Structural adjustment reforms are intended to restore financial stability and promote economic growth. Typical reforms are privatizing state-owned organizations, increasing exports, removing subsidies and price controls for farmers, reducing government spending on education and health and devaluing currencies.
Structural economic adjustment cannot happen alongside major macroeconomic imbalances. At the same time stabilization without structural measures to support growth may itself prove unsustainable. Stabilization and structural adjustment must therefore be coordinated to avoid inconsistency in policy. Adjustment that relies on lowered tariffs and import barriers, unified exchange rates and deregulated financial markets can be destabilizing because of its fiscal implications. Adjustment should therefore allow for complementary fiscal reform to replace any lost revenue. Conversely, stabilization that relies on higher tariffs, restricted imports and reduced public and private investment can stifle structural reform and growth.
The Commission on Sustainable Development of the International Council of Voluntary Agencies has as a priority programme to promote durable solutions which address the root causes in the international economic system that create poverty and marginalization, with special attention to structural adjustment, debt and international trade.
Together with the World Bank and the International Monetary Fund, the United Nations has helped many countries improve their economic management, offered training for government finance officials, and provided financial assistance to countries experiencing temporary balance of payment difficulties.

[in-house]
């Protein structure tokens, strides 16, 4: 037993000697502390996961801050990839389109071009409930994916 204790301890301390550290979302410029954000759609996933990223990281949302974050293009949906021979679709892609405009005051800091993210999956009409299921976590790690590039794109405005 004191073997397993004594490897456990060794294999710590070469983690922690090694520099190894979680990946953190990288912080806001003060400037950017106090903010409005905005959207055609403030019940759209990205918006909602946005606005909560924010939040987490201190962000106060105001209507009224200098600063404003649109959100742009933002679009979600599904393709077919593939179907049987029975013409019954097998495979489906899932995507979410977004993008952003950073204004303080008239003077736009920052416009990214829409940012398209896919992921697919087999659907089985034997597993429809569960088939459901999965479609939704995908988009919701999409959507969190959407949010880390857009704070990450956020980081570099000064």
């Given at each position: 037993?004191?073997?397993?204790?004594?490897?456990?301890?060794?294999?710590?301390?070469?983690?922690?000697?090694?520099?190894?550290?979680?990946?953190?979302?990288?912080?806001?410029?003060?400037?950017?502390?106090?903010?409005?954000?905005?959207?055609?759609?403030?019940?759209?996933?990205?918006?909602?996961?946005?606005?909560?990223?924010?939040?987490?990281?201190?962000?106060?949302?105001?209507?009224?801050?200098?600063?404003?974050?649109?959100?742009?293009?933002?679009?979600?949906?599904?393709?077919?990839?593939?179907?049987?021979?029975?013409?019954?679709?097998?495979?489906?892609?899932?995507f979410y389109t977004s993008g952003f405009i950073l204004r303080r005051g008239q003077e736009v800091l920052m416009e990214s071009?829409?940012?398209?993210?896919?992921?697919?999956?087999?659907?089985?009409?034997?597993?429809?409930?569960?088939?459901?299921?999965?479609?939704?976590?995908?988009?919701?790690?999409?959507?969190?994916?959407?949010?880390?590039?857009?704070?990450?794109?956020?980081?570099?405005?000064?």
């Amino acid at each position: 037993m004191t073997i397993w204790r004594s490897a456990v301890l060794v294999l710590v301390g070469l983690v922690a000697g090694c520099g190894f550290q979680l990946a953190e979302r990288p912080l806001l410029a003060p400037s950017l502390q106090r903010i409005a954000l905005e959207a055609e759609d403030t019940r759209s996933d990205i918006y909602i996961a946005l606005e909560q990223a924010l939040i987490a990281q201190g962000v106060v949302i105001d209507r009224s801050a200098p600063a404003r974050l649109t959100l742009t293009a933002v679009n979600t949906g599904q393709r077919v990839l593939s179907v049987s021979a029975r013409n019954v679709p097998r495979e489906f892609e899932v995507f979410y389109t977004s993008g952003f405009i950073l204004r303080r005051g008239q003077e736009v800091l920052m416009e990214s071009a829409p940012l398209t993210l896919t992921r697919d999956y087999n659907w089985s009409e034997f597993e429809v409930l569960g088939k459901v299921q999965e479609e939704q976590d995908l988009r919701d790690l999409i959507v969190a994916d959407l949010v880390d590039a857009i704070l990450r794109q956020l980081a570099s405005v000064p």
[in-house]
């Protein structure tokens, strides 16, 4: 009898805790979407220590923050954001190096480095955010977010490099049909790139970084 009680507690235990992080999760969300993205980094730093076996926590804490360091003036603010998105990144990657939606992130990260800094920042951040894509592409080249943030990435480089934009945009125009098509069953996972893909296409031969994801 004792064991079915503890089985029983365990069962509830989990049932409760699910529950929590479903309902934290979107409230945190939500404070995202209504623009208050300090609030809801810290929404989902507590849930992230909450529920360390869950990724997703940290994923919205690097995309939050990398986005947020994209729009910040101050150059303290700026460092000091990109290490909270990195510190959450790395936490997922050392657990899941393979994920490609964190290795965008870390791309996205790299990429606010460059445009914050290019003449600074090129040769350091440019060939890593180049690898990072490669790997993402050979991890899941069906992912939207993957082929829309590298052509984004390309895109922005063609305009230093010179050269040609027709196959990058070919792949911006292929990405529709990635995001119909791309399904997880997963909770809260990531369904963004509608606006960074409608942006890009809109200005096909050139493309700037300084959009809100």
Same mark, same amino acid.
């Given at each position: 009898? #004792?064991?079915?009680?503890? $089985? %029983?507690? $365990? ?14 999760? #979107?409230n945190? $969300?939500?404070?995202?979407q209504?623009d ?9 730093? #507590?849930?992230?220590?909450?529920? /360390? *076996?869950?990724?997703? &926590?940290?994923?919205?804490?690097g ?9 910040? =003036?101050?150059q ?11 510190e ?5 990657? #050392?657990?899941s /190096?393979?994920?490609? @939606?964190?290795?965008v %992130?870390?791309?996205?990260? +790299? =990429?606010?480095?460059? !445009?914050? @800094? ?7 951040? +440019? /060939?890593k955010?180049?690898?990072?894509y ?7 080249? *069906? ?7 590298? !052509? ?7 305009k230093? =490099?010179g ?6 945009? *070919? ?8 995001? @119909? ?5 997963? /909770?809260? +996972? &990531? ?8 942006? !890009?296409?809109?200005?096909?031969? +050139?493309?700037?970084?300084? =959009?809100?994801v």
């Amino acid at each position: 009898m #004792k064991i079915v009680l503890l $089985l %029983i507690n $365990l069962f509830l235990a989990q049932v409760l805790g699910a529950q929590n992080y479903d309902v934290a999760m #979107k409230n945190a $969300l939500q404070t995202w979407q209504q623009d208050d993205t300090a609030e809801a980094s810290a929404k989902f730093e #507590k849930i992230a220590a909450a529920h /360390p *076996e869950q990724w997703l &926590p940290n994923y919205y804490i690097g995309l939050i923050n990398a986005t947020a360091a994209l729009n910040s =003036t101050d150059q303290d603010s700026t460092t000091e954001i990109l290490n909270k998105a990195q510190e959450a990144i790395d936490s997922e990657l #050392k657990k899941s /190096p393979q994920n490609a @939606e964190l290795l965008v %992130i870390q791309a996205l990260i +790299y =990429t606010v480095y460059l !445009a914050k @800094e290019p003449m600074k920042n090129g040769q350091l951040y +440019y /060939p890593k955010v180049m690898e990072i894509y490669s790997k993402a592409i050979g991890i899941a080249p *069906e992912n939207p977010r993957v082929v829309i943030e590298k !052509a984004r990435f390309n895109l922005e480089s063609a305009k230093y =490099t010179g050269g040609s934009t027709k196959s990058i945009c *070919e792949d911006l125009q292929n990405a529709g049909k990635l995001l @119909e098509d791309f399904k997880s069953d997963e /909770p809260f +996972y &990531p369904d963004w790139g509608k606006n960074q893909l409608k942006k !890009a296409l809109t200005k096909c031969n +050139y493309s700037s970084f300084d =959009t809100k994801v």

Since the mid 1980s, the European Commission has diverted money into its poorest countries in order that their economic development should catch up with the rest. By 1999, the four countries in question – Spain, Portugal, Greece and Ireland – have all raised their per capita income to an average 77 percent of the EU mean, from 65 percent in 1986.
The IMF's main recipe for badly performing economies is increases in interest rates, together with cuts in budget deficits and currency devaluation. The resulting short-term growth crunch usually does squeeze out inflation and reduces a country's payments short-fall with the rest of the world. At the moment two-thirds of indebted countries fail to meet the IMF's reform targets, often through circumstances outside their control. The IMF claims that that countries which do heed to its programme perform better than those which don't.
The UK Overseas Development Institute, argues that there is little evidence that structural adjustment programmes either stimulate or retard growth. Conversly, "what is clear is that they widen existing inequalities and that the burden falls particularly hard on the poor".